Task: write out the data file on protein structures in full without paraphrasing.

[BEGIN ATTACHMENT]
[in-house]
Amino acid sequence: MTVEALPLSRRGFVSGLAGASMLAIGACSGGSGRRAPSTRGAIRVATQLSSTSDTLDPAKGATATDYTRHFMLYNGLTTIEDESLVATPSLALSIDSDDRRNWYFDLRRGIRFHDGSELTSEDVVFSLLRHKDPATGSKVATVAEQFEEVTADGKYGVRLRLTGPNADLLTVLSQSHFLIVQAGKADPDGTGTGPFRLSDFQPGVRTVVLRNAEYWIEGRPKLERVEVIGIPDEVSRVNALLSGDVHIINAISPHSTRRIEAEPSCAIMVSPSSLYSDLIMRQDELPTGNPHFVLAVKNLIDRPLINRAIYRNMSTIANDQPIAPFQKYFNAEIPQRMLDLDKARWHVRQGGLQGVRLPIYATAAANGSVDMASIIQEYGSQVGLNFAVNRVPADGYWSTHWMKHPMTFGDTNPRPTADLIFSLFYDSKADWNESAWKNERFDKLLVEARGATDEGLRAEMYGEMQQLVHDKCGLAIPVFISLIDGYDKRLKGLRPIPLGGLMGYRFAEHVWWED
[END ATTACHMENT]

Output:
[in-house]
Amino acid sequence: MTVEALPLSRRGFVSGLAGASMLAIGACSGGSGRRAPSTRGAIRVATQLSSTSDTLDPAKGATATDYTRHFMLYNGLTTIEDESLVATPSLALSIDSDDRRNWYFDLRRGIRFHDGSELTSEDVVFSLLRHKDPATGSKVATVAEQFEEVTADGKYGVRLRLTGPNADLLTVLSQSHFLIVQAGKADPDGTGTGPFRLSDFQPGVRTVVLRNAEYWIEGRPKLERVEVIGIPDEVSRVNALLSGDVHIINAISPHSTRRIEAEPSCAIMVSPSSLYSDLIMRQDELPTGNPHFVLAVKNLIDRPLINRAIYRNMSTIANDQPIAPFQKYFNAEIPQRMLDLDKARWHVRQGGLQGVRLPIYATAAANGSVDMASIIQEYGSQVGLNFAVNRVPADGYWSTHWMKHPMTFGDTNPRPTADLIFSLFYDSKADWNESAWKNERFDKLLVEARGATDEGLRAEMYGEMQQLVHDKCGLAIPVFISLIDGYDKRLKGLRPIPLGGLMGYRFAEHVWWED